The ability for an employer or suitability assessor to ask that a potential employee apply for a Disclosure and Barring Service (DBS) check, at either Standard or Enhanced level, is determined in legislation.
- Listed in the Rehabilitation of Offender Act (ROA) 1974 (Exceptions) Order 1975. This entitles the position to a Standard level check only.
- Prescribed in the Police Act 1997 (Criminal Records) Regulations. This entitles the position to an Enhanced level check.
In order for a position to be eligible for a DBS check the position must be:
The organisation should also take into account their own responsibilities under the 3rd principle of the Data Protection Act 1998 which states that Personal data should be adequate, relevant and not excessive.
Regulated activity, as prescribed in the Police Act 1997 (Criminal Records) (No.2) Regulations 2009, needs to meet different legislative criteria depending upon whether the position will be in contact with children or adults. It is important to note that eligibility for an Enhanced level DBS check is not restricted to those engaging in regulated activity.
Regulated activity is work that a barred person must not do. The full, legal definition of regulated activity relating to adults is set out in Schedule 4 of the Safeguarding Vulnerable Groups (SVG) Act 2006, as amended (in particular by, respectively, Section 65 & 66, Protection of Freedoms Act 2012).
There are six categories within the new definition of regulated activity relating to adults:
Those who provide:
- Healthcare: if they are a regulated health care professional or are acting under the direction or supervision of one, for example doctors, nurses, healthcare assistants and physiotherapists.
- Personal care: physical assistance with washing and dressing, eating, drinking and toileting; or teaching someone to do one of those tasks; or prompting and then supervising them doing one of these tasks.
- Social work: provision by a social care worker of social work which is required in connection with any health services or social services.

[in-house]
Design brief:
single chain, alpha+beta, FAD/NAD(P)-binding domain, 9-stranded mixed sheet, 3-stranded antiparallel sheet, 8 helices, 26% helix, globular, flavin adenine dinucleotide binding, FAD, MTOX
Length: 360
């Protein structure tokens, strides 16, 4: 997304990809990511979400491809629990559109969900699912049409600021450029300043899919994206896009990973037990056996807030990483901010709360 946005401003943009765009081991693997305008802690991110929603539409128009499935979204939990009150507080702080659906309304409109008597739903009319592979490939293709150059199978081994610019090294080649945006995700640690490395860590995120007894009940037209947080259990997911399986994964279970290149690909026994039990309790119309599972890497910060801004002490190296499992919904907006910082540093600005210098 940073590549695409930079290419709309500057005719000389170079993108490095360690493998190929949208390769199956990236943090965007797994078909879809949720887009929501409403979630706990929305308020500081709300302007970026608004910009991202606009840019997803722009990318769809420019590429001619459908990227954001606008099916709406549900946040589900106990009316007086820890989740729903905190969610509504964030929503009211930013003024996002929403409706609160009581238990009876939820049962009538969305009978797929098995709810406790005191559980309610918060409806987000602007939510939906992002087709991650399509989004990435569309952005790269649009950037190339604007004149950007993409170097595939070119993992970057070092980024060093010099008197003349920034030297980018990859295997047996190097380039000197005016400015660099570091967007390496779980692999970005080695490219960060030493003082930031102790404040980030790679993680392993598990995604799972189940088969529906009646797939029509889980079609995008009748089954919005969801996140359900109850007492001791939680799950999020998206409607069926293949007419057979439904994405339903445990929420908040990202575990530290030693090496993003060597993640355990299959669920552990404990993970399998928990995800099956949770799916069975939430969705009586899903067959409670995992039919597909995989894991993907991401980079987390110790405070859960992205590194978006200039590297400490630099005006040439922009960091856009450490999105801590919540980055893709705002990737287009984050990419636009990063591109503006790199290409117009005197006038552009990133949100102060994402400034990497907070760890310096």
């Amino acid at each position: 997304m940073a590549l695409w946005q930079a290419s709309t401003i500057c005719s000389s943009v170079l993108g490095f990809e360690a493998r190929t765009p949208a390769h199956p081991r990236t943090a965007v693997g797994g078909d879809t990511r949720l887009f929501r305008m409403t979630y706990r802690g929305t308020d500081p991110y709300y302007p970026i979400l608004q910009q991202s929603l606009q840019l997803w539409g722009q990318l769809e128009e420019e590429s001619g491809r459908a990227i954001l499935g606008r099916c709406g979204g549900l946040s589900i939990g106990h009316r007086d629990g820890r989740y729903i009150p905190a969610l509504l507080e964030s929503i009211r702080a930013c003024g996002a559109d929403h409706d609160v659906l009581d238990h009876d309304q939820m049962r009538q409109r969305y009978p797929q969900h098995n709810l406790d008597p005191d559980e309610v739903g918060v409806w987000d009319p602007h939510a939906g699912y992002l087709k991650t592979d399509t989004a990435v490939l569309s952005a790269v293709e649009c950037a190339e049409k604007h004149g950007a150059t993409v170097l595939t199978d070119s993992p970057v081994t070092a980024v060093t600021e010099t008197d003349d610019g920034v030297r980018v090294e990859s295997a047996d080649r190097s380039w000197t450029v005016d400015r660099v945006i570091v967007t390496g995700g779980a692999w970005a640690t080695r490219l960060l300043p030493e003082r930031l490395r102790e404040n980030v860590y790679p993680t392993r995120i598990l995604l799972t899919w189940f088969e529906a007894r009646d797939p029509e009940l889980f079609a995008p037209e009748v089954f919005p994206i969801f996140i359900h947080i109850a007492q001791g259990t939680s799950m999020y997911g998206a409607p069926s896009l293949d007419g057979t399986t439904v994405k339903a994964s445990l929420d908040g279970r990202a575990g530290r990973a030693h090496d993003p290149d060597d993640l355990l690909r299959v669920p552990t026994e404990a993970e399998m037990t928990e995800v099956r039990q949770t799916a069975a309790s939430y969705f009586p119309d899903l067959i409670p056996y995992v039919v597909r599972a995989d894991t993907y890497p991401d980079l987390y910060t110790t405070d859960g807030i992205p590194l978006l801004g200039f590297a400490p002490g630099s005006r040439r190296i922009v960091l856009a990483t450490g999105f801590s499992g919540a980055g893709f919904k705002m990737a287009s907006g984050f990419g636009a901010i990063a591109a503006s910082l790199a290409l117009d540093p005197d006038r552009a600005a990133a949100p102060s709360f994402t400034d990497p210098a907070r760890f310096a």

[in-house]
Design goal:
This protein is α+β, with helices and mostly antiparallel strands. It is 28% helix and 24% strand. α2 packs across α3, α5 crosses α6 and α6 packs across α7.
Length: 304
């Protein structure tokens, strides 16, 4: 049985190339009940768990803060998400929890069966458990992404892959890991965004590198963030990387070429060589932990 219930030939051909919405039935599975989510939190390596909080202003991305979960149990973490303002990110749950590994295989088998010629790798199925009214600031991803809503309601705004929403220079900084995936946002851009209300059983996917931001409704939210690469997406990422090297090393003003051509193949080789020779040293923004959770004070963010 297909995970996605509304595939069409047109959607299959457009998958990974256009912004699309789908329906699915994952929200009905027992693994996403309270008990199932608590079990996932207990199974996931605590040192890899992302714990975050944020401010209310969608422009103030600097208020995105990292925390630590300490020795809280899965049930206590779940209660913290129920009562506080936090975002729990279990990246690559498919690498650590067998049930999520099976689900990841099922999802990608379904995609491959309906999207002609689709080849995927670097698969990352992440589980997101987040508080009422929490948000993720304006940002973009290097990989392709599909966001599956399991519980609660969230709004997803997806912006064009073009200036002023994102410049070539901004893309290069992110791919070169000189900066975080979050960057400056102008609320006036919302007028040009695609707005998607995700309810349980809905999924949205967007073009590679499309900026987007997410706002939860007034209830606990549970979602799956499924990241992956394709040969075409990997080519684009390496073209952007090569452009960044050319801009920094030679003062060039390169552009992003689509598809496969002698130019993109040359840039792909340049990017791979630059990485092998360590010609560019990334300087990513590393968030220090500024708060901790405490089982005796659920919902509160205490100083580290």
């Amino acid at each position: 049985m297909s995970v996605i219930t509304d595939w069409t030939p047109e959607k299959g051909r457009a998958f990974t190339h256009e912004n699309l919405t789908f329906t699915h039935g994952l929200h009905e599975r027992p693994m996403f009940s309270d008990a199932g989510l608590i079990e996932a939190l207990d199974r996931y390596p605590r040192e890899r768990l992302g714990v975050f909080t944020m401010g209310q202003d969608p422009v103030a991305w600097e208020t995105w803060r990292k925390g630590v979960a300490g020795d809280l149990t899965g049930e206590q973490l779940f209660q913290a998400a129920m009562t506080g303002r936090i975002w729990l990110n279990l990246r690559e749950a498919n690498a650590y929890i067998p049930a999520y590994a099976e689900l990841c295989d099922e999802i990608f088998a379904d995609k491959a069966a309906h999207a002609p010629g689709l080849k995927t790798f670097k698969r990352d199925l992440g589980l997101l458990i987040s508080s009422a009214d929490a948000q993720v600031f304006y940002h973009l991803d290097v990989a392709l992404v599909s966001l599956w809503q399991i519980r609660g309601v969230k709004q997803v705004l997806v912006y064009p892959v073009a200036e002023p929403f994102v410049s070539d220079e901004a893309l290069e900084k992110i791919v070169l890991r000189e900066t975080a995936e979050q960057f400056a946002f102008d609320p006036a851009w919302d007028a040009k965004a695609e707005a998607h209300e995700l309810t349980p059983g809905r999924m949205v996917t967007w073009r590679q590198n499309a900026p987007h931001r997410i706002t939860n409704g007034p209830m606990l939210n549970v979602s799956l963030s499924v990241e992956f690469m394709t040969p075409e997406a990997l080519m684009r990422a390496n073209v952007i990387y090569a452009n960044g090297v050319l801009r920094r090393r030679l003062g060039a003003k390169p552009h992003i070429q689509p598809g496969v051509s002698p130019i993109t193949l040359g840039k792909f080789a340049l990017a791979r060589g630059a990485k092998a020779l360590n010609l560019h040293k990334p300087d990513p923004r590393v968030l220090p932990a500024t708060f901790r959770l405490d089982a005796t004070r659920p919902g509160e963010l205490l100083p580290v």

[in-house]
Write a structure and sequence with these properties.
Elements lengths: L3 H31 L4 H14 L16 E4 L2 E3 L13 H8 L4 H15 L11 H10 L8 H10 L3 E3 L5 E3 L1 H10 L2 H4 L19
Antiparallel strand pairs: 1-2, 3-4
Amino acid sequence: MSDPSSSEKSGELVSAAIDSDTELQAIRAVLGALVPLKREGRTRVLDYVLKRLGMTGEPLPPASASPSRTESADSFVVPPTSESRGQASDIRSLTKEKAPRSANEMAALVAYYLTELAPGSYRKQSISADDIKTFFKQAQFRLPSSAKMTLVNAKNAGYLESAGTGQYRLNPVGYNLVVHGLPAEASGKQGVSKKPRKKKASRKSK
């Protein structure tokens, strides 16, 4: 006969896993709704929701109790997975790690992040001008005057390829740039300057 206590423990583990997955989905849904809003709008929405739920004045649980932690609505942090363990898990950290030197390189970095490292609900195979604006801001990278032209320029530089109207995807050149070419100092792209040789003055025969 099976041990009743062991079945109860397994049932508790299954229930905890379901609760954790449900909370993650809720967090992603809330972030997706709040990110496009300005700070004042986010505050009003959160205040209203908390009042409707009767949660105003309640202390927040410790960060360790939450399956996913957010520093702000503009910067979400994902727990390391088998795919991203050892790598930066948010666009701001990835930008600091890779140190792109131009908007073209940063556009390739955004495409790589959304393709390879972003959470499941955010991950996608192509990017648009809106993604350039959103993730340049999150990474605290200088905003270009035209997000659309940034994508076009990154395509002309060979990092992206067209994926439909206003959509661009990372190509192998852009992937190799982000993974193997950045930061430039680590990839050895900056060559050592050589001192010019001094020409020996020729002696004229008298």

- Assistance with a person’s cash, bills or shopping because of their age, illness or disability.
- Assistance with the conduct of an adult’s own affairs, for example, lasting or enduring powers of attorney, or deputies appointed under the Mental Health Act.
- Conveying: conveying adults for reasons of age, illness or disability to, from or between places where they receive healthcare, personal care or social work. This would not include friends or family or taxi drivers.
There will not be a definitive age at which someone meets the age test. The description used is that if, because of someone’s age, they are no longer able to do any of the activities themselves e.g. go shopping, get to the doctors, then someone who is asked by a third party to do that on their behalf can be in regulated activity.
In response to questions 1 and 2, and from the information provided, Operational Policy would not consider the duties of the Community Safety Volunteer to meet either the amended definition of regulated activity relating to adults or the previous definition of regulated activity relating to vulnerable adults.
A person is a vulnerable adult if he has attained the age of 18 and
- he is in residential accommodation,
- he is in sheltered housing,
- he receives domiciliary care,
- he receives any form of health care,
- he is detained in lawful custody,
- he is by virtue of an order of a court under supervision by a person exercising functions for the purposes of Part 1 of the Criminal Justice and Court Services Act 2000 (c. 43),
- he receives a welfare service of a prescribed description,
- he receives any service or participates in any activity provided specifically for persons who fall within subsection (9),
- payments are made to him (or to another on his behalf) in pursuance of arrangements under section 57 of the Health and Social Care Act 2001 (c. 15), or
- he requires assistance in the conduct of his own affairs.
In order to be undertaking regulated activity relating to vulnerable adults, the individual must:
- Be carrying out an activity listed in schedule 4, part 2, section 7(1) of SVGA once a week or more, 4 times a month or more, overnight between 2am and 6am or once a month or more if the activity involves hands-on personal care; OR
- Have the opportunity for contact with vulnerable adults whilst carrying out their work in the same Care Home as listed in schedule 4, part 2, section 7(4) of SVGA once a week or more, 4 times a month or more, overnight between 2am and 6am or once a month or more if the activity involves hands-on personal care; OR
- Be working in a position listed in schedule 4, part 2, section 8 of SVGA; OR
- Be supervising someone carrying out regulated activity as listed in any of the 3 points above.
Changes from 10th September 2012
- There are no establishments (specified places) for adults.
- There is no longer a requirement to do activities a certain number of times before a person is engaging in regulated activity. Carrying out a regulated activity once is sufficient for persons to be classed as being in regulated activity.
- The definition of a “vulnerable adult” in section 59 of the Safeguarding Vulnerable Groups Act 2006 has been repealed.
- The emphasis has changed to what could make an adult vulnerable at the point of receipt of that activity.